The battle between a father and a daughter is usually portrayed in literature as a struggle between a headstrong but feisty girl and a tradition-bound lead weight of a father. Henry James, of course, had to do it somewhat differently.
He tells a story of an intelligent man riding the turn of the tide in mid-19th-century New York and watching what he sees as his numbingly dull and conventional daughter making the mistake of her life in her choice of husband.
The fight between these two delicious characters makes this one of James' funniest and most enjoyable of novels, with the suspense carried right up until the last moment as to how the contest will end.
Public Domain (P)2008 Silksoundbooks Limited
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"A fine narrator, wasted"
I've never been a big fan of Henry James. But when I read (while browsing on Wikipedia!) that "Washington Square" is a James novel for people who don't like James - and saw that it was narrated by Jennifer Ehle, an exceptional actress - I figured OK, why not?
I'm pleased to report that I now know how to pronounce Ehle's name, and from an unimpeachable source: her own voice, introducing the recording. For the record, it rhymes with Feely.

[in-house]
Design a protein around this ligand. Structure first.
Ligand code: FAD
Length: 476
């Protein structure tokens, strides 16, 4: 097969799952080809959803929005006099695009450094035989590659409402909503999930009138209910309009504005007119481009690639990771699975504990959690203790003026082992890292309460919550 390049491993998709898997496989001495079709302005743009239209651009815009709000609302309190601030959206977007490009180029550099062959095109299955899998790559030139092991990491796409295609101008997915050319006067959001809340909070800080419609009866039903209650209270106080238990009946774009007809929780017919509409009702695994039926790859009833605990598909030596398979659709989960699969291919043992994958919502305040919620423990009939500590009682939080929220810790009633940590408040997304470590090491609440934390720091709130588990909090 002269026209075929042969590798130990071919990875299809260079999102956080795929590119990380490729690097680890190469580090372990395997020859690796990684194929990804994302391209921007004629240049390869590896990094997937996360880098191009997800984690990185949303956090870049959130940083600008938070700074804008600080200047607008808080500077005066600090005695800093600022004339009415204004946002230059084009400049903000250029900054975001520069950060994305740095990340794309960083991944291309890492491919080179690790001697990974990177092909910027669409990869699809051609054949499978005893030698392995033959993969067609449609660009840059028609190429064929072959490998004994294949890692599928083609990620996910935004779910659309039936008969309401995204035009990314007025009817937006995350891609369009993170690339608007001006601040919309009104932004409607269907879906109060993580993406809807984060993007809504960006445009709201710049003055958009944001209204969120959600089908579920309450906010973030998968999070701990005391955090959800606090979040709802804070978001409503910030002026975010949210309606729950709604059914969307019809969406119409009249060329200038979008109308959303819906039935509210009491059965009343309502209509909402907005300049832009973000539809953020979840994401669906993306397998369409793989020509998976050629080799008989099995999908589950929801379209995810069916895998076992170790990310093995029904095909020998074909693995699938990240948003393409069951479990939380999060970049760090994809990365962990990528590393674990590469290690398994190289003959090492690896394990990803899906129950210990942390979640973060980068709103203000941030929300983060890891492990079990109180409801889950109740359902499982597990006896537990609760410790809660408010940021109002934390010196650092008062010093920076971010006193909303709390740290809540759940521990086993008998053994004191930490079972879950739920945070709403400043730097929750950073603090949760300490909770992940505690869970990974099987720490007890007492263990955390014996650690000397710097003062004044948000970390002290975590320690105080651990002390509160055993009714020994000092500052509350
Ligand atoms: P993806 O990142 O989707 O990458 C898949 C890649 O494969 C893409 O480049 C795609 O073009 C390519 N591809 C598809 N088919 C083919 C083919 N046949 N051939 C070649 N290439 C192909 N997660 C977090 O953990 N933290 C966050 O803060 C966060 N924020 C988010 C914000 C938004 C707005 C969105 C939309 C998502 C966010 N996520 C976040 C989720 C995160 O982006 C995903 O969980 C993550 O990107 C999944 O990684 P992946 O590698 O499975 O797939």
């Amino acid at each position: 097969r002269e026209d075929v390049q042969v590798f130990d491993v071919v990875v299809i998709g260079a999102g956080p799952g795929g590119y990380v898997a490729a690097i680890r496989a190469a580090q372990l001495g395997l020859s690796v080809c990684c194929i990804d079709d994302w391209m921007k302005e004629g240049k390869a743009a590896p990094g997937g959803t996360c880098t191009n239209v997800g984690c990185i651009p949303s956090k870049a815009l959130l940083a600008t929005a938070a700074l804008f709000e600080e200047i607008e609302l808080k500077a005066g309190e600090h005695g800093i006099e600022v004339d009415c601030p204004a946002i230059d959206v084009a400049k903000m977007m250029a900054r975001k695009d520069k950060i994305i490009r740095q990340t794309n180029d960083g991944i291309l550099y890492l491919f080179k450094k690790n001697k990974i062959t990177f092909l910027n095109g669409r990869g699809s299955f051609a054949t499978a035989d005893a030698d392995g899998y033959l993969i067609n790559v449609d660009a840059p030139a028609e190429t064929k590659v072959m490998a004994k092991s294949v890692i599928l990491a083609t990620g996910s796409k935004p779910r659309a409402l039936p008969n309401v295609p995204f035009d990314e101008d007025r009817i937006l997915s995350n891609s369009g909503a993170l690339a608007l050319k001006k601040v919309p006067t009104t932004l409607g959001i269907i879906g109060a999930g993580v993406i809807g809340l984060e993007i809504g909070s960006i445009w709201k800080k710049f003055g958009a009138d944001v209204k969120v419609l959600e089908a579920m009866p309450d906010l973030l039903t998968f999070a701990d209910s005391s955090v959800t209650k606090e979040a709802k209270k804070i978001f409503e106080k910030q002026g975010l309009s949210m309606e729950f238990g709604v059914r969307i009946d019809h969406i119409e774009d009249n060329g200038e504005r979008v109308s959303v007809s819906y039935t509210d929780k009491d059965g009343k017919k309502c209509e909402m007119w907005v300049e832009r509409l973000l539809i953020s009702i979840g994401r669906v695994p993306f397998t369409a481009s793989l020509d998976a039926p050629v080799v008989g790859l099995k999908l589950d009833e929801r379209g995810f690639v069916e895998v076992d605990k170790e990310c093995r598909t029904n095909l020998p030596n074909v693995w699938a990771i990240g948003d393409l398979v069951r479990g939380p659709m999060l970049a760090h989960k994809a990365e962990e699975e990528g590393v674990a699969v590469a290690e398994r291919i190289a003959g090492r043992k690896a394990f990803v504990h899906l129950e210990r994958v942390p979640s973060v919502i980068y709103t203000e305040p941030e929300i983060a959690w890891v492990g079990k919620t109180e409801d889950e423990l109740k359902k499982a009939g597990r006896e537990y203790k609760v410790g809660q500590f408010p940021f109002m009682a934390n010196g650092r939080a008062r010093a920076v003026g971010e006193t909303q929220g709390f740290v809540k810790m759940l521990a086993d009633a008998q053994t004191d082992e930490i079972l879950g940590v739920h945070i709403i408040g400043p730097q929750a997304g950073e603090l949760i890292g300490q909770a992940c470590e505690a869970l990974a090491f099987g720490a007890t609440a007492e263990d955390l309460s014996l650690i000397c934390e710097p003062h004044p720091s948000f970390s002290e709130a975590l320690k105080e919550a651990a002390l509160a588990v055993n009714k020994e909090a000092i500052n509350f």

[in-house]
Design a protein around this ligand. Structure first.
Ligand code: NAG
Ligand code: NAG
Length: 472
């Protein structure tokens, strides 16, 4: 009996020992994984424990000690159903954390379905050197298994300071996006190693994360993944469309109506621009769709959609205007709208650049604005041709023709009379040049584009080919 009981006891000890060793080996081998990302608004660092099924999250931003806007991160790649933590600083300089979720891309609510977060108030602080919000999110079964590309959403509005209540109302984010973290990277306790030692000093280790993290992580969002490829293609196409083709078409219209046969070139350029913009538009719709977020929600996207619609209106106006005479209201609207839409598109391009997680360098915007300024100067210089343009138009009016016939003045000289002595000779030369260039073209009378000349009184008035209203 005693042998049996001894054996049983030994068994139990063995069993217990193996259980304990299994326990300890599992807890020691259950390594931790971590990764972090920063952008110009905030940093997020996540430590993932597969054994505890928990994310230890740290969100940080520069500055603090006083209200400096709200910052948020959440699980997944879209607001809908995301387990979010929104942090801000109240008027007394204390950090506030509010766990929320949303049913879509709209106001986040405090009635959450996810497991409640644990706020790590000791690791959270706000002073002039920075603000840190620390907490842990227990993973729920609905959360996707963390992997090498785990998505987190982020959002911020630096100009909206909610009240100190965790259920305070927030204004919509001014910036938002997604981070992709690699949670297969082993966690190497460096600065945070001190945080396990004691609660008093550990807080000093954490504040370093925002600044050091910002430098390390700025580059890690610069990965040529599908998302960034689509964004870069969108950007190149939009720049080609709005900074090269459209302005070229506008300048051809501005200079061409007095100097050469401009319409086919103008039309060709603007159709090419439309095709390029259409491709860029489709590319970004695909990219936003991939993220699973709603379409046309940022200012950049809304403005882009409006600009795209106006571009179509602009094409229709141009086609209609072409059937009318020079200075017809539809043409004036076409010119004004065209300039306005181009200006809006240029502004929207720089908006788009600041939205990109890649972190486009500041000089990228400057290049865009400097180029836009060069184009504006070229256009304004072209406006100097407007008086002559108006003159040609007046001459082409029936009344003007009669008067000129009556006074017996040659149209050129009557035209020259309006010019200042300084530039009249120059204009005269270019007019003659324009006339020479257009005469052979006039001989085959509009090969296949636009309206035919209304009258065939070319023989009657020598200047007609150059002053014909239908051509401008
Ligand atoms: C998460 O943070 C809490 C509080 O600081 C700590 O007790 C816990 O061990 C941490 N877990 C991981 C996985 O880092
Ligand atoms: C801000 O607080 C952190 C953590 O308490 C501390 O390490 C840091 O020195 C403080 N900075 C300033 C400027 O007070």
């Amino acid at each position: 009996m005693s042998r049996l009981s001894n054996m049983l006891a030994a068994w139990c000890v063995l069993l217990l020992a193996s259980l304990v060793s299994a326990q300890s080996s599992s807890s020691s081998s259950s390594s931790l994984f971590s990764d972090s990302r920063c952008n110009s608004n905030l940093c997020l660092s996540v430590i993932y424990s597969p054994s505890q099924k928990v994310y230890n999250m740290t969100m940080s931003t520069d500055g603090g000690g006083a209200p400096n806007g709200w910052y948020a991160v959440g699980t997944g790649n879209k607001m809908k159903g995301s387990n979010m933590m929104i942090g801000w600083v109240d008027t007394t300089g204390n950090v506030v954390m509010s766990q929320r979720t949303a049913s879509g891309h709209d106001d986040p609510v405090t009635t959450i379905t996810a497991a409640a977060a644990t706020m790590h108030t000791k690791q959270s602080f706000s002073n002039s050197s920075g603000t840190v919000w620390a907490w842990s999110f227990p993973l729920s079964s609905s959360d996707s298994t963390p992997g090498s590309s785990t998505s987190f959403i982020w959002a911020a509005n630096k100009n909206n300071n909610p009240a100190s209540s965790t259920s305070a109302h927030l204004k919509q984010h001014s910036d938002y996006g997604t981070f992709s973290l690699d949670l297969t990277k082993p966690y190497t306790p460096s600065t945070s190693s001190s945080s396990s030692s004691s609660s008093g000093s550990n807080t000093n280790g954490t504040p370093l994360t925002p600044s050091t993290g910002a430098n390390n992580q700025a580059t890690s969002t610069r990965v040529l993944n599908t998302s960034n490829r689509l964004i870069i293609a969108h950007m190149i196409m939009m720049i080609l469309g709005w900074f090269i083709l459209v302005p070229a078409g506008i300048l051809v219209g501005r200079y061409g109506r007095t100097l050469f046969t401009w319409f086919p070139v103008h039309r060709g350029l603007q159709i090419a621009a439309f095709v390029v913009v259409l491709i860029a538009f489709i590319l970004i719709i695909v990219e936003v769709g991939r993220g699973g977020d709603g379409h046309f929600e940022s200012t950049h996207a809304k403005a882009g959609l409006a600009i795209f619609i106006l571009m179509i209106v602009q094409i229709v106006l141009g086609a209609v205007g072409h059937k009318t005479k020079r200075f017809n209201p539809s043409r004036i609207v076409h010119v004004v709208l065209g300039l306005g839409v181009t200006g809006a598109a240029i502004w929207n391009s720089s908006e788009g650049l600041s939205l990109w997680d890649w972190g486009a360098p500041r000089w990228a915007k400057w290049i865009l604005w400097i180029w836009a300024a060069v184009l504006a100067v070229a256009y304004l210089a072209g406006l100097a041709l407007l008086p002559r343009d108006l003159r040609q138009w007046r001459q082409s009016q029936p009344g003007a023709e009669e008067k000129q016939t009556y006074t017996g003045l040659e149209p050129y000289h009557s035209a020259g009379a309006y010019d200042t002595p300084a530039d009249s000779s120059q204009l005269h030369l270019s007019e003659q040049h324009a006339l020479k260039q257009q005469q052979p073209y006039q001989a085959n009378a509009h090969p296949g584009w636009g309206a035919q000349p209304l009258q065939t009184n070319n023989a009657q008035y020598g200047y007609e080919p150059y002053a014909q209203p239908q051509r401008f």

But despite her lively and charming narration, I really didn't connect with the story or the characters. James seems to go out of his way to make his characters unappealing and the story slow and predictable. His heroine, Caroline, is repeatedly described as unattractive and dull; and her father seems to think that letting her twist in the wind (regarding her marriage plans) is an amusing game. The narrative zooms in and out like an accordion, lingering over lovers' meetings and then racing through a year or two - or in one case a decade - with a few paragraphs of the dullest exposition: and then crashes to an abrupt end.
So my conclusion is: Jennifer Ehle is a gem, and Henry James remains (for me) a pill.
"Disappointed in narrator"
No, I wouldn't. The dynamic between the characters is clear and I didn't find subtleties in the plot or the characters to draw me back. And the narrator, Jennifer Ehle, was tremendously disappointing. She spoke as if she had never heard English spoken. It was almost as if she had never heard a human language spoken. The inflections were mannered and odd words emphasized. I loved her performance in Pride and Prejudice, so I hoped for an enjoyable listen, but instead it was simply painful.
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